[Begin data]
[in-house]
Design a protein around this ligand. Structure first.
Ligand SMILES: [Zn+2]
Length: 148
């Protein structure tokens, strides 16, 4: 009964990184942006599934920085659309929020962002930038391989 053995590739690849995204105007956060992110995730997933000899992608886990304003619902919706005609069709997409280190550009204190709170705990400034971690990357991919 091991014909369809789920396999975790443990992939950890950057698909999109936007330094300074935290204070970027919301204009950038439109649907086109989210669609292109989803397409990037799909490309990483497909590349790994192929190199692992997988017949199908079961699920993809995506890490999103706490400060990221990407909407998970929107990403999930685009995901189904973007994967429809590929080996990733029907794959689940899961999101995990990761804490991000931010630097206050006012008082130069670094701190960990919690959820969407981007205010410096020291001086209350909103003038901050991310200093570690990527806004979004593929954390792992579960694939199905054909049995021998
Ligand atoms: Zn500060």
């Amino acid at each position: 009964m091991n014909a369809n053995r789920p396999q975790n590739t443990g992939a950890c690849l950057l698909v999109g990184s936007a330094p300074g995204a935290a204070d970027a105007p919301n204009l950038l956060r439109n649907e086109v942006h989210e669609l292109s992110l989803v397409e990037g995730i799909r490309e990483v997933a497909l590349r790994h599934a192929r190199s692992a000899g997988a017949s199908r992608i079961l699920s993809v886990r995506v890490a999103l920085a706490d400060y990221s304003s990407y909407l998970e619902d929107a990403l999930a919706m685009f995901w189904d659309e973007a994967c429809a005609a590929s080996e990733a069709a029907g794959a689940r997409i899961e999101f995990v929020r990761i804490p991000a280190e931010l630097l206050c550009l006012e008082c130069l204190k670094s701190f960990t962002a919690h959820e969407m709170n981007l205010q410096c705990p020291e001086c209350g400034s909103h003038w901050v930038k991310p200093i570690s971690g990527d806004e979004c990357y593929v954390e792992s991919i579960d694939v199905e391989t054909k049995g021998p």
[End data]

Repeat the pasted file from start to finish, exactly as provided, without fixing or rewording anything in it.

[in-house]
Design a protein around this ligand. Structure first.
Ligand SMILES: [Zn+2]
Length: 148
């Protein structure tokens, strides 16, 4: 009964990184942006599934920085659309929020962002930038391989 053995590739690849995204105007956060992110995730997933000899992608886990304003619902919706005609069709997409280190550009204190709170705990400034971690990357991919 091991014909369809789920396999975790443990992939950890950057698909999109936007330094300074935290204070970027919301204009950038439109649907086109989210669609292109989803397409990037799909490309990483497909590349790994192929190199692992997988017949199908079961699920993809995506890490999103706490400060990221990407909407998970929107990403999930685009995901189904973007994967429809590929080996990733029907794959689940899961999101995990990761804490991000931010630097206050006012008082130069670094701190960990919690959820969407981007205010410096020291001086209350909103003038901050991310200093570690990527806004979004593929954390792992579960694939199905054909049995021998
Ligand atoms: Zn500060």
């Amino acid at each position: 009964m091991n014909a369809n053995r789920p396999q975790n590739t443990g992939a950890c690849l950057l698909v999109g990184s936007a330094p300074g995204a935290a204070d970027a105007p919301n204009l950038l956060r439109n649907e086109v942006h989210e669609l292109s992110l989803v397409e990037g995730i799909r490309e990483v997933a497909l590349r790994h599934a192929r190199s692992a000899g997988a017949s199908r992608i079961l699920s993809v886990r995506v890490a999103l920085a706490d400060y990221s304003s990407y909407l998970e619902d929107a990403l999930a919706m685009f995901w189904d659309e973007a994967c429809a005609a590929s080996e990733a069709a029907g794959a689940r997409i899961e999101f995990v929020r990761i804490p991000a280190e931010l630097l206050c550009l006012e008082c130069l204190k670094s701190f960990t962002a919690h959820e969407m709170n981007l205010q410096c705990p020291e001086c209350g400034s909103h003038w901050v930038k991310p200093i570690s971690g990527d806004e979004c990357y593929v954390e792992s991919i579960d694939v199905e391989t054909k049995g021998p």